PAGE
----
- Tony Saliba, a legendary options trader and author of "Managing Expectations," almost blew through $50,000 that was allotted to him before cultivating a successful methodology.
- Saliba refers to his trading approach as a "matrix," essentially employing three different strategies — and militantly controls his risk.
- According to a 1989 interview with Jack Schwager for his classic "Market Wizards" series, Saliba strung together 70 straight months of profits exceeding $100,000.
- Saliba wanted to become a millionaire by age 30. He beat that goal by five years.
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Tony Saliba, a legendary options trader and author of "Managing Expectations," didn't have the idyllic start in financial markets that most dream about. Far from it.
When Saliba found his way onto the Chicago Board Options Exchange in early adulthood, a trader whom he used to caddy for backed his account with $50,000.
"I went from $50,000 to about $75,000 in the first two weeks," Saliba told Jack Schwager in a 1989 interview for his classic "Market Wizards" series. "I thought, 'This is it!' I mean, I was a genius."
Unfortunately, that initial jubilation was short lived. When the market turned against Saliba, it all came crashing down. His bets were far too big.
"Within six weeks I had lost almost everything," he said. "The original $50,000 was down to only about $15,000. I was feeling suicidal."
Saliba felt like a failure.
"He told me, 'If you lose $5,000 more, we'll pull the plug,'" Saliba said of his backer.
That's when Saliba started to seek advice from some of the more senior traders on the floor. In doing so, he cultivated an aha moment.
Instead of taking big bets, Saliba would focus on controlling his risk and making small gains in the most disciplined manner possible.
"I realized that this chipping away approach was what I should be doing, not putting myself at a big risk, trying to collect a ton of dough," he said.
From that point on, Saliba's account was off to the races.
Here's Schwager describing his performance:
"Saliba's trading style can be described as trying to do a little better than treading water day in, day out, while being positioned to take advantage of the rare spectacular trading opportunity. In fact, at one point, Saliba managed to string together seventy consecutive months of profits exceeding $100,000."
Here's how he did it.
After Saliba had his epiphany, he became a "spread scalper" by exploiting even the smallest gaps in price.
The goal of Saliba's methodology was simple: snatch as many small gains as possible while controlling his risk in an uncompromising manner.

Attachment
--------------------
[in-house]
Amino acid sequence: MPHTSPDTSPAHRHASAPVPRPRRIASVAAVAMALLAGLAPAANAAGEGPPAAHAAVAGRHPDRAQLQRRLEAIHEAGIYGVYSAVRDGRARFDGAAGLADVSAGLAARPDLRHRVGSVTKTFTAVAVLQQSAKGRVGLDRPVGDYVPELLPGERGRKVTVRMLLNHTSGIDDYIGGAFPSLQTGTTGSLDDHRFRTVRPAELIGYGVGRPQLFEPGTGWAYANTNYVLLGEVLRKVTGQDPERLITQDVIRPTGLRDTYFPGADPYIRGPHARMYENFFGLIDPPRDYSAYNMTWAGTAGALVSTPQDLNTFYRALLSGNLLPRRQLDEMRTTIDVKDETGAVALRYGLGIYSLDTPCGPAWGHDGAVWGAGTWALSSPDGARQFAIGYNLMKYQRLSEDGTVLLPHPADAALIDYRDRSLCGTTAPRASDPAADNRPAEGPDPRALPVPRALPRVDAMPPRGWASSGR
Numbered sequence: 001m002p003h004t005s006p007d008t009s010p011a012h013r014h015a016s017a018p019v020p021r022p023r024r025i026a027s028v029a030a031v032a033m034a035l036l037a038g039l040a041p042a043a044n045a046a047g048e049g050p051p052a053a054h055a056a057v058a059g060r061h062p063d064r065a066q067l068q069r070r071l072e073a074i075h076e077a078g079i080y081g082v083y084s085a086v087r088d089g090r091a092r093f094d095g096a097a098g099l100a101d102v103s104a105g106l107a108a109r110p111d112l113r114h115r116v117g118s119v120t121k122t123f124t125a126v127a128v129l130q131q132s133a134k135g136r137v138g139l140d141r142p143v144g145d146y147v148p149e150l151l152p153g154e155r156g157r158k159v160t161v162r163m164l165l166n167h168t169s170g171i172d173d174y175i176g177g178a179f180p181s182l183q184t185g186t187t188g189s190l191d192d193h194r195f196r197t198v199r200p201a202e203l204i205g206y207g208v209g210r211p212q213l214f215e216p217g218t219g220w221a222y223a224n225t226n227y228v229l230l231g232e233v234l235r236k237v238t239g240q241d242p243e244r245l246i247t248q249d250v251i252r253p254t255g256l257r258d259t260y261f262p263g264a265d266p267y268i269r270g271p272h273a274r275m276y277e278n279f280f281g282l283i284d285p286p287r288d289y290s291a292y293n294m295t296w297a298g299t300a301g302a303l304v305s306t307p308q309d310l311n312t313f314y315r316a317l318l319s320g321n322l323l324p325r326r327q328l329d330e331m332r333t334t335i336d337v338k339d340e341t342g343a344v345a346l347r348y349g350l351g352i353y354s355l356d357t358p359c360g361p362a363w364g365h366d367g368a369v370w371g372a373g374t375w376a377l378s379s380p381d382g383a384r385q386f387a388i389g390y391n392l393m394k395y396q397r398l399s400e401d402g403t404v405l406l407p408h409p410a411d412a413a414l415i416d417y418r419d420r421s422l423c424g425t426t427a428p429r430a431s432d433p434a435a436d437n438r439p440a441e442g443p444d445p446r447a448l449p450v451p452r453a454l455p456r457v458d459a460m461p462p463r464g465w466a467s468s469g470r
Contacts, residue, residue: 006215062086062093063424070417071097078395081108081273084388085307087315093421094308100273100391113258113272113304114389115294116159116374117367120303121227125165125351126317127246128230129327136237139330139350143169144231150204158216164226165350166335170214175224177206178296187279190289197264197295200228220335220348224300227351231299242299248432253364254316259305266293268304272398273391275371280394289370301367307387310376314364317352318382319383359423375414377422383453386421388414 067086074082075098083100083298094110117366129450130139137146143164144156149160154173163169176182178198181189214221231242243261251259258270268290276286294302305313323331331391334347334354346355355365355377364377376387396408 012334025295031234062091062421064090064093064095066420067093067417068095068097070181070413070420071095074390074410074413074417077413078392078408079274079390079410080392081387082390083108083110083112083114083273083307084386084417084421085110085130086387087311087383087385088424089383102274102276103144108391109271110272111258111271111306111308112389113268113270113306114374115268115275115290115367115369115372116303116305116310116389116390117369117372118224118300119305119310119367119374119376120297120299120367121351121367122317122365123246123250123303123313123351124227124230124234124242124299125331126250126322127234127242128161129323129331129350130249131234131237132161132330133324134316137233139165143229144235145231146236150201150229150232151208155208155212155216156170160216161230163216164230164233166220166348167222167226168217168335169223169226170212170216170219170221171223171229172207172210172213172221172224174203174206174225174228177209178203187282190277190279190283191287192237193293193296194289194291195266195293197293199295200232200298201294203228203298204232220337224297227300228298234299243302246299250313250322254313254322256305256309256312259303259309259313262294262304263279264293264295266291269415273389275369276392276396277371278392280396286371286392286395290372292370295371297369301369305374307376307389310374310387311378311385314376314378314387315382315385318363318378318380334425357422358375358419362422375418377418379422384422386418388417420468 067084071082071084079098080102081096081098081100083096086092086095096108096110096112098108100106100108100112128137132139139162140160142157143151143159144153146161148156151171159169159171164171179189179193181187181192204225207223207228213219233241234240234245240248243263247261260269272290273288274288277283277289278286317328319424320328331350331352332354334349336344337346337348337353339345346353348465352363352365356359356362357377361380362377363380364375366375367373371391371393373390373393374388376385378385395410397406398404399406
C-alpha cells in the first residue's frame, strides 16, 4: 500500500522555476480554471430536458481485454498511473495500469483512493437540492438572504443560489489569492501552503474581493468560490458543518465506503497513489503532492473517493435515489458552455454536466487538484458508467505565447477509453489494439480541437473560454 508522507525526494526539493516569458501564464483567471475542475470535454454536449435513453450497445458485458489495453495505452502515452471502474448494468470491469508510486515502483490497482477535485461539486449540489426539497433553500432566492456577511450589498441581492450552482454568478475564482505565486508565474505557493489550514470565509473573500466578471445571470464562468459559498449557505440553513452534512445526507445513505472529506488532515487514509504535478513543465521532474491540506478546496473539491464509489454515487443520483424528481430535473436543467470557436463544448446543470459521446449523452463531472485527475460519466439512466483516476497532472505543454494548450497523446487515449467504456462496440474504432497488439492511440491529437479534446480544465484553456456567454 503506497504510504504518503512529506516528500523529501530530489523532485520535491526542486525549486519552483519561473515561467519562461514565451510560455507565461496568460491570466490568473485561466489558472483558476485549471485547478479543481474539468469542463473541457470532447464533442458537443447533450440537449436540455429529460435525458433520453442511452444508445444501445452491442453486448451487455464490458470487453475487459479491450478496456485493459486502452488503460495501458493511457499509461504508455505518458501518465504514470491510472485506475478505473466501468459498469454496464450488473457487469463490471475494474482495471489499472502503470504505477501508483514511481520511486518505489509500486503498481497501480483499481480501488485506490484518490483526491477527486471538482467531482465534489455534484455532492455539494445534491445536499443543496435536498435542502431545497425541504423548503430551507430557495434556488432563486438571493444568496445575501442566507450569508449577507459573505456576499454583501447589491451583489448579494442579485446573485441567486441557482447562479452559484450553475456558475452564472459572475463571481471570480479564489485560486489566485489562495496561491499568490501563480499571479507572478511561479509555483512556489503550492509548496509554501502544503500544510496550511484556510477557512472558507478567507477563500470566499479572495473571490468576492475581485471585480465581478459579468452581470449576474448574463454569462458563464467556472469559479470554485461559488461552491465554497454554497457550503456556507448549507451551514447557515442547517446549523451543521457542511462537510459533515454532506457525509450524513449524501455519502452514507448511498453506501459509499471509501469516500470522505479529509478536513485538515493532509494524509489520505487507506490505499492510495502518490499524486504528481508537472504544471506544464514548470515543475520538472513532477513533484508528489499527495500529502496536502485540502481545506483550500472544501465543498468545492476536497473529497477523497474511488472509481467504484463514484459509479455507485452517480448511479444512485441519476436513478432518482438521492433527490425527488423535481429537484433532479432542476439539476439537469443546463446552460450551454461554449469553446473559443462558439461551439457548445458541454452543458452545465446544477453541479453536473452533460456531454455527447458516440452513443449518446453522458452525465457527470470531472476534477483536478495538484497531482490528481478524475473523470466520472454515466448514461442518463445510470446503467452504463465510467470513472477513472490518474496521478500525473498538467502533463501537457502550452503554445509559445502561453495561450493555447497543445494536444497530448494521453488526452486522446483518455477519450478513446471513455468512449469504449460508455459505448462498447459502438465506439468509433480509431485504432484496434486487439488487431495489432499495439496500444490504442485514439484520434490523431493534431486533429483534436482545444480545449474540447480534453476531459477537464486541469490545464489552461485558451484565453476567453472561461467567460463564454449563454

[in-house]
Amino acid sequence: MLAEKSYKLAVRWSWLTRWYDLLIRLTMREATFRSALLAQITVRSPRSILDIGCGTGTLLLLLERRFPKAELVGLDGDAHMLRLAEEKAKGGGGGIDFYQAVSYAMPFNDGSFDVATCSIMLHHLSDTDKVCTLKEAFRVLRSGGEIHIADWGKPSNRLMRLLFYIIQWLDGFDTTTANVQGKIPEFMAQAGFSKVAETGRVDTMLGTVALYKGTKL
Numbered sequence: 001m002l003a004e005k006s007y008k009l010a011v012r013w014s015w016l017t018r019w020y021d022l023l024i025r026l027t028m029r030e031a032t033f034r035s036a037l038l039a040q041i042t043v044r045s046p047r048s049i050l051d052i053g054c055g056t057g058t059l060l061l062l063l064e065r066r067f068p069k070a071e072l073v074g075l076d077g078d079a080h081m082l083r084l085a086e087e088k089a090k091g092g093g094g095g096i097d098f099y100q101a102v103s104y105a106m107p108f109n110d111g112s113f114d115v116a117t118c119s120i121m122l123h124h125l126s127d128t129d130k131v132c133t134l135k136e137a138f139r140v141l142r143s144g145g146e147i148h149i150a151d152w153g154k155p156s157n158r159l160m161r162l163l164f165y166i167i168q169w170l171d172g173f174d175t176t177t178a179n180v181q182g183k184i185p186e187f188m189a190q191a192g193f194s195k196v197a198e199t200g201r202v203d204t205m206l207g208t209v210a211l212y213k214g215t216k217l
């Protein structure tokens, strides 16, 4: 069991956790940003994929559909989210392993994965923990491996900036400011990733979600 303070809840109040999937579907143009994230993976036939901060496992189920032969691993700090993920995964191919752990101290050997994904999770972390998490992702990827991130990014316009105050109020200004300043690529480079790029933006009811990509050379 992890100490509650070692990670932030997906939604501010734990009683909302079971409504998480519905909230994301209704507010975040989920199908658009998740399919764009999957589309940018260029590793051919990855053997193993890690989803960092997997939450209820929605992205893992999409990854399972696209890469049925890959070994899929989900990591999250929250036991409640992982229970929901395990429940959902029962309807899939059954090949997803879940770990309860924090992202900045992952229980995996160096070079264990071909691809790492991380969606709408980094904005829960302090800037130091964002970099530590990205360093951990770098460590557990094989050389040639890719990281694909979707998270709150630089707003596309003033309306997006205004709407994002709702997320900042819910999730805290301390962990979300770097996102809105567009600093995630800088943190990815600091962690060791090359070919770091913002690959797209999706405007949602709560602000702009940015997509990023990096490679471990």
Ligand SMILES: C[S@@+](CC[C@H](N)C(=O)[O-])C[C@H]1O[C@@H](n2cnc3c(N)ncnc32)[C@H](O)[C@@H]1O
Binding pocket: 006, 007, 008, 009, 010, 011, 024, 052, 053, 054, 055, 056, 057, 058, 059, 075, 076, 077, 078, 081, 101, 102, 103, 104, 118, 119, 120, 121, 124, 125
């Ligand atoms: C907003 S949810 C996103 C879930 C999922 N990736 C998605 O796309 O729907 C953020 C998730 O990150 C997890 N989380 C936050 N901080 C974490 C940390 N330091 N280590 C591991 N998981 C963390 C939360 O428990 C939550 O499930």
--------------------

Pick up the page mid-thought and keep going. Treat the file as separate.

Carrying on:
At first, his goal was $300 a day — and Saliba started to scoop up one-eighth to one-quarter of a point on his trades.
But when his trading started to catch fire — and he was "scalping for halves and dollars" instead of smaller increments — his backer began to pressure Saliba into trading larger sizes.
That's when Saliba and a trading partner he had rubbed shoulders with on the floor decided to start working on more creative and advanced strategies for taking home large profits.
"I was doing everything," he said. "I consider myself a matrix trader."
He continued: "My basic strategy, however, was buying butterflies [a long or short position at one strike price balanced by an opposite position in higher and lower strike options — for example, long one IBM 135 call, short two IBM 140 calls, and long one IBM 145 call] and offsetting that with an explosion position."
By employing this strategy, Saliba essentially defined a zone where his trade would be profitable while capping his risk.
And here's how he described the offsetting "explosion position."
"An explosion position is an option position that has limited risk and open-ended potential, which will profit from a large price move or an increase in volatility," he said. "For example, a position consisting of long out-of-the money calls and long out-of-the-money puts would be an explosion position."
What's more, Saliba utilized his scalping strategy "to help pay for the time decay in the explosion position."
This left Saliba with the propensity to profit from big moves, while explicitly defining the amount he was willing to lose. Put differently, he leveraged asymmetric bets, capping his downside and leaving his upside potential unlimited.
It was a strategy that paid off immensely.
"One of my goals in life was to become a millionaire before I was thirty and retire," he said. "Well, I was a millionaire before I was twenty-five."
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